African voices: “Our expectations; GDS past and present”

23 Nov 2020

The Atlas-alliance has asked some of the African DPOs about their experience with the last GDS, London 2018, and their wishes for Oslo, 2022.  The organizations giving input were: National Union of Disabled Persons of Uganda NUDIPU, Uganda, Malawi Union of the Blind (MUB); Special Olympics Zambia: Inclusion Africa – Kenya, SBH (Spina Bifida and Hydrocephalus) Uganda and Malawi, Inclusion Uganda and Southern Africa Federation of the Disabled (SAFOD).

Promising trends in Uganda

The respondents from Uganda had different views, but to some the summit in London is seen as having had national significance. The Ugandan commitments were launched in a pre GDS meeting held in Uganda. These commitments have since formed the basis of national advocacy work. The government has since the GDS meeting increased the disability grant from 3 to 5 billion Ugandan shillings. The persons with disabilities Act 2020 was passed and a study about persons with disabilities in Uganda was also conducted.

The British agency DFID, working with the Ministry of gender, has funded a situation study, and guidelines for the special grant and printing of the act known as Persons with Disabilities Act 2020 has been done. Right now, processes are in place to develop the regulations to operationalize the Persons with Disabilities Act 2020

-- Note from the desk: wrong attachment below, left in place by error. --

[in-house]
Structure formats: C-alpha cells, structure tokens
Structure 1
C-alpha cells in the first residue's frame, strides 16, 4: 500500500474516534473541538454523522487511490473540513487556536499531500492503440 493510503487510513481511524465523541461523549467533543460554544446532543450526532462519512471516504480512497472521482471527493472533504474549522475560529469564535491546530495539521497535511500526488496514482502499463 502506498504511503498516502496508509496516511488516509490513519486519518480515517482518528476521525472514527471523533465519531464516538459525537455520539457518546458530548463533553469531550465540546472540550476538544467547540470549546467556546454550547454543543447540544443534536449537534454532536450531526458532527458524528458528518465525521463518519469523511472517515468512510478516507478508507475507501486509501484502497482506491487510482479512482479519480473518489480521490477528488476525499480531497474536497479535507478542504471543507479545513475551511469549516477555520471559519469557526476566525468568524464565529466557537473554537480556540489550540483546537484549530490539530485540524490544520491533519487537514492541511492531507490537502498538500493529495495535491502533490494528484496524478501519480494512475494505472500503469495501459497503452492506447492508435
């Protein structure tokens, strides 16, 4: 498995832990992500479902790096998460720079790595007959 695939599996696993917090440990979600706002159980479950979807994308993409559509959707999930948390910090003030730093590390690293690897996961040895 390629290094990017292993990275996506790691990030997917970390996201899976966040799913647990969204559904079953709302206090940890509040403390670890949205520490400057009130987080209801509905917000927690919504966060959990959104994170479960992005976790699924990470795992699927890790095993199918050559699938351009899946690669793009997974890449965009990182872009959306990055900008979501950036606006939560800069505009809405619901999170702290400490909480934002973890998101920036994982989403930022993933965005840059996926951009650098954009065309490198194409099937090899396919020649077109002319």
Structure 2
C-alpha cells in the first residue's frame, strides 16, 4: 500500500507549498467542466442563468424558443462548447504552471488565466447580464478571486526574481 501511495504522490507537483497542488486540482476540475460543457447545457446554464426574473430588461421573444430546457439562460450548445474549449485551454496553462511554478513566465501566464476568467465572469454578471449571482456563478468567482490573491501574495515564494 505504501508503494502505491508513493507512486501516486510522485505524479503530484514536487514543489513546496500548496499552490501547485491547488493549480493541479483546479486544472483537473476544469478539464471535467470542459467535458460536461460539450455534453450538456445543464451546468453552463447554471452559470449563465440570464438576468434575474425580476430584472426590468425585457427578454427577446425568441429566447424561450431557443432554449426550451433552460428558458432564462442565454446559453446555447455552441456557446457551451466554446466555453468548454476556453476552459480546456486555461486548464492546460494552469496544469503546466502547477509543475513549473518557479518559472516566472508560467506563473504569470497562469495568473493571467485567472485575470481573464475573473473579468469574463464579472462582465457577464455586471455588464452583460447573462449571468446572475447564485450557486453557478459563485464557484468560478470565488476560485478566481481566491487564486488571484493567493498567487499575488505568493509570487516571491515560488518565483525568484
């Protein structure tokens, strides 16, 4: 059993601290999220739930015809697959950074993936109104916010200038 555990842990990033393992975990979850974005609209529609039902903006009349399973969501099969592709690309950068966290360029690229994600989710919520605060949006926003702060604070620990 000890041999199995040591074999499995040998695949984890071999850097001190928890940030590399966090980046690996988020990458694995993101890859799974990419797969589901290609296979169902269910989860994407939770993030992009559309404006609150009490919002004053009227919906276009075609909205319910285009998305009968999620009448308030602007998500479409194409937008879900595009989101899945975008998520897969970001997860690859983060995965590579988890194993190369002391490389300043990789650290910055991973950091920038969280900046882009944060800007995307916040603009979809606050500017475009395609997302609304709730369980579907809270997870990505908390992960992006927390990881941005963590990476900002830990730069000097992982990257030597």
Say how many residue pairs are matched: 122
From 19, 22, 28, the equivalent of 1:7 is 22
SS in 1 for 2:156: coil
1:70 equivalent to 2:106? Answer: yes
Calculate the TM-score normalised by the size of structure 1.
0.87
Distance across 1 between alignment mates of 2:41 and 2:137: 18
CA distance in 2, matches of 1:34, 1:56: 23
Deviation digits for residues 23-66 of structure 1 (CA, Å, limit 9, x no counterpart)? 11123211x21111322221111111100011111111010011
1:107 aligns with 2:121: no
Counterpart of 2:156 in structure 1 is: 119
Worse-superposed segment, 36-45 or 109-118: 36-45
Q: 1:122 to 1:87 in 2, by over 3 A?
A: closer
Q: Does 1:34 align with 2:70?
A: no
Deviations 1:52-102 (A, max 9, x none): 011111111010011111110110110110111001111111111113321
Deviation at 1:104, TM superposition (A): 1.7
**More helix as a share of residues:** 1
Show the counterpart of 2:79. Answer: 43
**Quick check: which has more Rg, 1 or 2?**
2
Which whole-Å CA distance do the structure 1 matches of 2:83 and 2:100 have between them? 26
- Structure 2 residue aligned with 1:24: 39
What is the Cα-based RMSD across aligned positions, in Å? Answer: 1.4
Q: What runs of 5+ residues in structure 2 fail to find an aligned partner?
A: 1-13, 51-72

The government of Uganda is also empowering all teachers with special needs training to cater for education for all.

But it is a mixed picture

On the other hand, also in Uganda, the GDS is better known by a small number of people in disability respective ministries, and the DPOs at national level have more knowledge than in rural areas.

The same is said of the situation in Kenya and in Malawi. The general awareness of the GDS 2018 is still very low among DPOs, especially in the rural areas and among DPOs of underrepresented groups, such as persons with intellectual disabilities and their families and persons who are deafblind. As for the national authorities the commitments are basically known to officers in charge of disability.

SAFOD states that most of the DPOs/federations had not even heard about the Global Disability Summit in London. For example, in Botswana, they indicated that they were neither aware whether anyone from Government participated in the summit nor were they aware of any charter of commitments to that effect. The few federations that participated in the summit had never been able to engage with their counterparts from the government side. There was one surprising exception though, writes SAFOD, the federation in Zimbabwe. FODPZ participated together with officials from the government in a very collaborative manner, and with a lot of transparency.

As a direct consequence of the 2018 GDS, the process of “domestication” of the CRPD, which Zimbabwe ratified in 2013, has started. The process of formulation of the national disability policy was expedited after the summit. Since then, there were a series of consultations on the policy up to March 2020 and the document is said to be ready for submission to the cabinet committee on legislation. Zimbabwe is also reviewing an Act of Parliament on disability and the process mainly involves incorporating CRPD principles. Following the summit, they have now created a special department on disability affairs which had earlier failed to materialize since 1992.